Monday 24th October 2016                 Change text size:

Book review: Turnaround Challenge by Michael Blowfield & Leo Johnson (2013)

Turnaround Challenge

A sustainability manifesto for businesses and cities, Michael Blowfield and Leo Johnson’s Turnaround Challenge: Business & the City of the Future outlines the steps required towards a more sustainable economy and prosperous society.

This book is about the rights to optimism.” The first line of 2013’s Turnaround Challenge is an important one. Amid massive social and environmental challenges – climate change, resource depletion, pollution and population growth to name but four – few would criticise you if your predictions for the future were pessimistic. Two people on the optimism bench are Michael Blowfield and Leo Johnson.

Blowfield is an academic at the University of Oxford, Wolverhampton University and London Business School, while Johnson, is a sustainability expert and a partner at consultancy giant PwC, as well as being the brother of the mayor of London (who developed his own vision for a London of the near future last year). In an interview with Blue & Green Tomorrow in June, Johnson described his and Blowfield’s first joint publication, released in September, as “a tome that started in a really dark place, with all the carbon and population challenges, and ended up, weirdly, as a tidal wave of optimism.”

Turnaround Challenge discusses whether a better future is on the horizon. The authors’ answer is a resounding ‘yes’ – albeit with a few caveats. These mainly exist in how business and cities respond to the large-scale shifts. If successfully, a fairer, cleaner and more sustainable society beckons. If unsuccessfully, Petropolis or Cyburbia – two future city scenarios that the authors describe – await us.

Petropolis – fossil fuel-driven with “mass production and consumption” – and Cyburbia – the iPad city built for obsolescence, “smart and green but censored and sensored” – are, respectively, where we currently live and where we are largely preparing to live. But Blowfield and Johnson suggest a third model: the so-called ‘distributed economy’, which has people at its heart and, importantly, comes without a blueprint.

The first few chapters of Turnaround Challenge are all about the big picture. The “dark place” where the book begins, as Johnson calls it, may indeed be a grim commentary. But climate change is real, human population is growing rapidly and resources are being consumed at terrifying rates. These issues matter and to deny them is as futile as it is reckless.

In subsequent chapters, the authors talk of a “quadrilemma of crises” – covering the economy, environment, society and governance. They ponder the big decisions in each area: respectively, credit-driven consumption versus productive economy; high-carbon versus low-carbon growth; intensive economy versus extensive economy, addressing unmet needs; and centralised versus distributed forms of governance.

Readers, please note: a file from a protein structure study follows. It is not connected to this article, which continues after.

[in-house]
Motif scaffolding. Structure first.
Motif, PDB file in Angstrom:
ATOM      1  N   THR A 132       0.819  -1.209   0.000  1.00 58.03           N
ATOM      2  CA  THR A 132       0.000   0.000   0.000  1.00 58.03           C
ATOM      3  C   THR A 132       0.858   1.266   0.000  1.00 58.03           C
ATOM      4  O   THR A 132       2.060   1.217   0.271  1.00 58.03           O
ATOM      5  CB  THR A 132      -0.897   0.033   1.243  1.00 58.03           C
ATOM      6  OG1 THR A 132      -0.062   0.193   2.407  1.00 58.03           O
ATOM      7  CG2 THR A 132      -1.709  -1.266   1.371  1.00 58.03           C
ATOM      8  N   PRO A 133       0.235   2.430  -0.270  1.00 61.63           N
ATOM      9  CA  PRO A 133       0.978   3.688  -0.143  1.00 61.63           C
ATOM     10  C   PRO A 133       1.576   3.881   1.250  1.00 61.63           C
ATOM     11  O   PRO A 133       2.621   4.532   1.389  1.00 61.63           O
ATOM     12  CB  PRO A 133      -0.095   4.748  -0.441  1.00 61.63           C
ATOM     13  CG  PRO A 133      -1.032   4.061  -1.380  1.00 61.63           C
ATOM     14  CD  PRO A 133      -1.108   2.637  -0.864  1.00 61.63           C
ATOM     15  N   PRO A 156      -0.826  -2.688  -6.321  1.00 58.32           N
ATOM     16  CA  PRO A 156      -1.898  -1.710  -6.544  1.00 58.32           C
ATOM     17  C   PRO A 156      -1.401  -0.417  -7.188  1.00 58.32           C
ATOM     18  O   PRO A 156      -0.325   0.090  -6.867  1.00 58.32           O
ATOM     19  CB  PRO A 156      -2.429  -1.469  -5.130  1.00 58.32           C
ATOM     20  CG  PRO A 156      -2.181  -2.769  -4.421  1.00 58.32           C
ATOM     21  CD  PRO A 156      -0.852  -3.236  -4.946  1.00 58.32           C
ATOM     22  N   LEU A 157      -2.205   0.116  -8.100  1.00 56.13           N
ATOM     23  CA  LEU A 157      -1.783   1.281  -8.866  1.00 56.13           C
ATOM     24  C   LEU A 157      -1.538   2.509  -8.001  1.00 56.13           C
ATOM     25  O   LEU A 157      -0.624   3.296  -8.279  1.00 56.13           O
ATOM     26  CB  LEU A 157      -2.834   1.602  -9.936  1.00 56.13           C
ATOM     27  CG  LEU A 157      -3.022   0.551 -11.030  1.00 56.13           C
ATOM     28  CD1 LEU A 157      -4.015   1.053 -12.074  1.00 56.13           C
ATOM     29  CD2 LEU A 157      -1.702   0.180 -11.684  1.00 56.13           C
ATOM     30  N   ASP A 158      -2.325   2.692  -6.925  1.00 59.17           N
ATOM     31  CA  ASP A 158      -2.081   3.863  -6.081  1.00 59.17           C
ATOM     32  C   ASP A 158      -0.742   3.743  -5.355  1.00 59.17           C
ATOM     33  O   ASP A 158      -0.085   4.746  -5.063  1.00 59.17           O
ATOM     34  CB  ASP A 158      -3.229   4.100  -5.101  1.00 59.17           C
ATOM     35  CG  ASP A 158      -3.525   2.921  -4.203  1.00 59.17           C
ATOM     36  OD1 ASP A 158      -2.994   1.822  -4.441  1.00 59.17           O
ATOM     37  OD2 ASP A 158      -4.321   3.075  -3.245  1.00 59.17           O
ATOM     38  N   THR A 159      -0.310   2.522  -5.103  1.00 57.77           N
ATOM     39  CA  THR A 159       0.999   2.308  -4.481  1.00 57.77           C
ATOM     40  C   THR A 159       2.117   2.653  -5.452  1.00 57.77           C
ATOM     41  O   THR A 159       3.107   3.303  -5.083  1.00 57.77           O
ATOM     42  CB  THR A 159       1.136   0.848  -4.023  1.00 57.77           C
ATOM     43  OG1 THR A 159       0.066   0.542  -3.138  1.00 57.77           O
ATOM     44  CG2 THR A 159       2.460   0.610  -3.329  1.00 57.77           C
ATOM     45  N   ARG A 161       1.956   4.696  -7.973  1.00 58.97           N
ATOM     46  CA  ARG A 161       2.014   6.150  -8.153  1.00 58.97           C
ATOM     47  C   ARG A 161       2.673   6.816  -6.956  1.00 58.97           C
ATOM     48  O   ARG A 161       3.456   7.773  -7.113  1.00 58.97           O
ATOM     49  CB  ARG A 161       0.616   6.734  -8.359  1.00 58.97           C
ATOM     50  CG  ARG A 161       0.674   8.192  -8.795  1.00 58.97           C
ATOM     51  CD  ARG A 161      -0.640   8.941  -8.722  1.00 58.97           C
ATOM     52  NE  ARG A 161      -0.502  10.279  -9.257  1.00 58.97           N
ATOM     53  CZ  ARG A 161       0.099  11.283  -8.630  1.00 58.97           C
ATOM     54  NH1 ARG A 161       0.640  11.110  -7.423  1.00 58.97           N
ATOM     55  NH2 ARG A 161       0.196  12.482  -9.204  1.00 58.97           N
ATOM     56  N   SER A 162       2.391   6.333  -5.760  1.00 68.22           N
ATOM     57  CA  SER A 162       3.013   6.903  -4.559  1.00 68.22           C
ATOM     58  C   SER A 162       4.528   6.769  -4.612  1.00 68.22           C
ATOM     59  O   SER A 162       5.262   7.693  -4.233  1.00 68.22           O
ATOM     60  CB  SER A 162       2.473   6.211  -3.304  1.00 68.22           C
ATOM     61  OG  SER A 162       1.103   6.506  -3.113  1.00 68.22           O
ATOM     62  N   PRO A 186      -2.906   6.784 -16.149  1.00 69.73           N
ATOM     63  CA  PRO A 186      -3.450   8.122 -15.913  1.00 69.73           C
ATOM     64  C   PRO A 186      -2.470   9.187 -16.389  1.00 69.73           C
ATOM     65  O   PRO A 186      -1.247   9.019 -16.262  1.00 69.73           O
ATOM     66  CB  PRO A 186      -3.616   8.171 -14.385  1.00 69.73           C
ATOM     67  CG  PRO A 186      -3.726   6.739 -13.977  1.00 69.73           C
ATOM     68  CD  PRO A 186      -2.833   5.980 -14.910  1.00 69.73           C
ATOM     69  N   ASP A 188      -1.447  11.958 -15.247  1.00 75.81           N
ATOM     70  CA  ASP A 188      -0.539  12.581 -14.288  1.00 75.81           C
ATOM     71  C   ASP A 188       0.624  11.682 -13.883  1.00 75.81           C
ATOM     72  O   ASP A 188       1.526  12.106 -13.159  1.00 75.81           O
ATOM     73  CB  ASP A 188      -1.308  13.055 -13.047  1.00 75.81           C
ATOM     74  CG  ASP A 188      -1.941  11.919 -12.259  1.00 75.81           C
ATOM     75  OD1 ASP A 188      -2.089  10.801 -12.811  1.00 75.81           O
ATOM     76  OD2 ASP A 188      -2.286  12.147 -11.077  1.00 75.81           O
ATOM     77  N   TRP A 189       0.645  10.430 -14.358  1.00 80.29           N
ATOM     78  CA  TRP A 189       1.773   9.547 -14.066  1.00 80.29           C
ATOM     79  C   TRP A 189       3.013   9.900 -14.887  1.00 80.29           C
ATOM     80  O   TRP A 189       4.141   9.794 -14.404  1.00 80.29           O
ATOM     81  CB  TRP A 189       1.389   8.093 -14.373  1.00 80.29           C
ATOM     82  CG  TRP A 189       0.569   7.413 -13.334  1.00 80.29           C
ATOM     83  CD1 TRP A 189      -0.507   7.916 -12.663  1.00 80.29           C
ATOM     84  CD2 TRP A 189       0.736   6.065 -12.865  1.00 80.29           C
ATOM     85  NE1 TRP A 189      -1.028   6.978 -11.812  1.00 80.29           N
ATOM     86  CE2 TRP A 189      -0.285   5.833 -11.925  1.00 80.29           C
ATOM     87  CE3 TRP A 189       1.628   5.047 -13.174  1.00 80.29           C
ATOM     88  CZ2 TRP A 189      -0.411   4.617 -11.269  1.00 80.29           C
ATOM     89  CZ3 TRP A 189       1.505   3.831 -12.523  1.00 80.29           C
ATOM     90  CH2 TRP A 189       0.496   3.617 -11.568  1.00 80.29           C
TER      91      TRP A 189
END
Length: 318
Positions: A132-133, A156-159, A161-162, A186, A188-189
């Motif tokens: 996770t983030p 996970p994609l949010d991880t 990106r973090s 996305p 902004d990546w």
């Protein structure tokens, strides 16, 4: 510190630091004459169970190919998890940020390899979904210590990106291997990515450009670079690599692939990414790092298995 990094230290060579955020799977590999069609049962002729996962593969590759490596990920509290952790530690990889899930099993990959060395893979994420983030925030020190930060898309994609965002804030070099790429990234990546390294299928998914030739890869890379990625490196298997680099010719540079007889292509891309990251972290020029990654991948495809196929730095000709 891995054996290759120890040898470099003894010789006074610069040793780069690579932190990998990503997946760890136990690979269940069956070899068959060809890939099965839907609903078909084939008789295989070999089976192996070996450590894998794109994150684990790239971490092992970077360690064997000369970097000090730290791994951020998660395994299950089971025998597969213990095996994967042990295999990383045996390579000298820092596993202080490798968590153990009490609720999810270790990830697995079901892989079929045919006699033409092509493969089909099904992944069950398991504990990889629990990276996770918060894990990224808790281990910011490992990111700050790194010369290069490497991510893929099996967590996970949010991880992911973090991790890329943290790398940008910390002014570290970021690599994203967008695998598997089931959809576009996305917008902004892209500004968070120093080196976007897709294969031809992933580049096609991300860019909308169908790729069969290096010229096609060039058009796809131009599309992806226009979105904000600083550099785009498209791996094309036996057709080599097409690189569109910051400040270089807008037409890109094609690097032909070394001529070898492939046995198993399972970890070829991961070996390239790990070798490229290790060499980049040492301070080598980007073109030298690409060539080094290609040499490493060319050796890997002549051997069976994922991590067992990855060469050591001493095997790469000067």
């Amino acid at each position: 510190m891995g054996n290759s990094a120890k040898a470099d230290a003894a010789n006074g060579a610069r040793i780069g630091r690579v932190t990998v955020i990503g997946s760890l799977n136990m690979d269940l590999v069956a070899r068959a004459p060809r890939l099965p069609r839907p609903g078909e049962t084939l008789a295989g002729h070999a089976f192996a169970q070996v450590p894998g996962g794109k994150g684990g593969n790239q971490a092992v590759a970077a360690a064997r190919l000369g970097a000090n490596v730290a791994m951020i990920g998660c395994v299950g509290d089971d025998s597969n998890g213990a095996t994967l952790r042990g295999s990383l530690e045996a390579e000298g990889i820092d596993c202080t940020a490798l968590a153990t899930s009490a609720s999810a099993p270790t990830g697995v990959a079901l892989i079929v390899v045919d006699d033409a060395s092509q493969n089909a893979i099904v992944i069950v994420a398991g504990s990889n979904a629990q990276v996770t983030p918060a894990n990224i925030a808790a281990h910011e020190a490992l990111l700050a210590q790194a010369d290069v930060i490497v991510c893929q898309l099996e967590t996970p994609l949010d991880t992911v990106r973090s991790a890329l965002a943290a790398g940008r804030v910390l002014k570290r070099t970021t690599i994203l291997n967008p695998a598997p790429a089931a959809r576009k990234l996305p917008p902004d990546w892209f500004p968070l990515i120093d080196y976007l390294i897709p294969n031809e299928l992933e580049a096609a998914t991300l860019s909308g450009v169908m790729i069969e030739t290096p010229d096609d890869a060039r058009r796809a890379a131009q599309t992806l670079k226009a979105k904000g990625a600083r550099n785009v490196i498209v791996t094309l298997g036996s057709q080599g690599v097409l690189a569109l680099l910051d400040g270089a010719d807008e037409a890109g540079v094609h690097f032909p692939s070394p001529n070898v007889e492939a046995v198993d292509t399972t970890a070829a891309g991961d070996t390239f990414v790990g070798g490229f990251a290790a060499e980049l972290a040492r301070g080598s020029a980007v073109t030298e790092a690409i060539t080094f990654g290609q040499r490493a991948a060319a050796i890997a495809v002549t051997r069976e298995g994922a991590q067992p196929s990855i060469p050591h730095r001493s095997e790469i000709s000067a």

Their solutions are clear, engaging and, crucially, achievable. Capitalism, the authors say, is not going to say ‘no’ to a shift towards cities moulded by ‘the people’ rather than ‘the man’, because that’s where growth and future prosperity lies. As the book goes on, optimism bleeds through. The reader is left with a feeling of hope in the eyes of the impending and immediate problems, which while massive, are shown to be either manageable or avoidable.

Martin Turner, an Amazon Hall of Fame and Top 50 reviewer – who gave the book five stars – wrote that Turnaround Challenege offers “a wealth of paradigms to explore”. He added, “This is an insightful book which presents strong reasons for not pursuing the existing Petropolis and Cyburbia models. It makes a good case for its preferred alternative, without understating the problems.”

Blowfield, with his academic and business expertise, and Johnson, with his sustainability knowledge and enthusiasm for communicating ideas to help people see and act differently, combine to produce an essential read. They conclude by rounding up why they remain optimistic, saying that the promise of prosperity – rather than merely survival – is on the cards if business and the city of the future are successful in their turnaround challenges. It is very difficult to disagree with them.

Further reading:

Leo Johnson and the power of people

Will Day, PwC: the companies that deserve to succeed call sustainability ‘common sense’

Why businesses must ‘shape and innovate’

Taking the lead: how to govern for sustainability

Future Cities: a blueprint for sustainable urbanisation

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